There are many types of assistance available for senior citizens (in and out of the home), and it can be difficult to know which type of care is appropriate for yourself or a loved one. It can be especially difficult to discern how the costs of each compare to one another, and how this information can help your family make the right decision. Thankfully, there is hard data available; the 2014 Genworth Cost of Care study that was recently published offers a good look at different types of elderly care, and what the median costs are.
Different Types of Elderly Care
But first, let’s take a look at the different types of elderly care available that were covered in the study. It should be noted that many of these services also extend to Special Needs Care (or middle-aged adults who otherwise need care), but in this blog we’ll be discussing the options specifically for elderly care. The following are in order of least to most involvement in the level of care required...
Adult Day Care: ADCs are exactly what they sound like - a place for elderly adults to get together for mental and social stimulation during working hours. This also offers caregivers a brief respite from caretaking duties, which is beneficial to both parties. The primary purpose of an adult day care is not custodial or medical care, but providing an engaging, healthy environment for seniors to get together. According to the Genworth study, the median rate is $65 per day.
Homemaking Services: Homemaking services are when someone assists an elderly patient with “hands off” tasks like meal preparation, running errands, and housekeeping. This type of service is appropriate for someone who is still capable of living in their own home, but needs help with tasks in order to maintain as much of their independence as possible. The Cost of Care study found that the median rate for homemaking services was $19/hour.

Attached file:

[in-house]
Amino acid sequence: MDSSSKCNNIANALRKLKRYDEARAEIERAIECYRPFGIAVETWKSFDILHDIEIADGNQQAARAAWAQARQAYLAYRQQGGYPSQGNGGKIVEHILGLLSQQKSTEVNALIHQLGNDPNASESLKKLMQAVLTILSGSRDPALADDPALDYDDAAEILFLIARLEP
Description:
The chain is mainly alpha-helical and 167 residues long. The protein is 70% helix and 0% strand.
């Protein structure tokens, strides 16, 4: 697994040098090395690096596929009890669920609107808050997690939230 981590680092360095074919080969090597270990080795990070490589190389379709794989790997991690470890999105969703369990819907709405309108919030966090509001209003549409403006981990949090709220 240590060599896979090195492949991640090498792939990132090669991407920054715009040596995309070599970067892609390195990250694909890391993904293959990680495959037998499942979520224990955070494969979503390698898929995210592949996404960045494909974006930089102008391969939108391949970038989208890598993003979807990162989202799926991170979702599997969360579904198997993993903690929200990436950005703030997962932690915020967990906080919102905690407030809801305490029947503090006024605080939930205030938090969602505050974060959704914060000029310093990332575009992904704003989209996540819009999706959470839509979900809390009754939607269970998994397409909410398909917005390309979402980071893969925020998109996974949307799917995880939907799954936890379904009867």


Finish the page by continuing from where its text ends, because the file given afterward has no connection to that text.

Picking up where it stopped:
In Home Care / Home Health Aides: In Home Care is similar to homemaking services, but adds custodial (“hands on”) care as well. These typically include activities of daily living (ADLs), such as bathing, dressing, toileting, eating, and more. Medication reminders, transportation to and from appointments, and safety in the home are all included as well. The median rate for Home Health Aides was $20/hour according to Genworth.
Assisted Living Facilities: These are residential centers or communities where seniors have access to custodial care. People in assisted living facilities do not require the same level of care as those in nursing homes, but generally need help with ADLs and other tasks. Assisted living facilities are differentiated from In Home Care because the client is no longer living in their own home, but the level of care is roughly the same. The median monthly rate was $3,500 in 2014.
Nursing Home: Nursing homes typically offer the highest level of care outside of a hospital setting. Clients live at the facility full-time, in a variety of settings (private versus shared rooms and bathrooms, etc). Nursing homes are differentiated from other types of senior care in that medical personnel and equipment are on premises, usually available 24 hours a day, and this is in addition to receiving custodial care. While most moves to a nursing home are permanent, they can also be appropriate for short-term, rehabilitative stays. According to Genworth, the median daily rate was $212 for a shared room and $240 for a private room.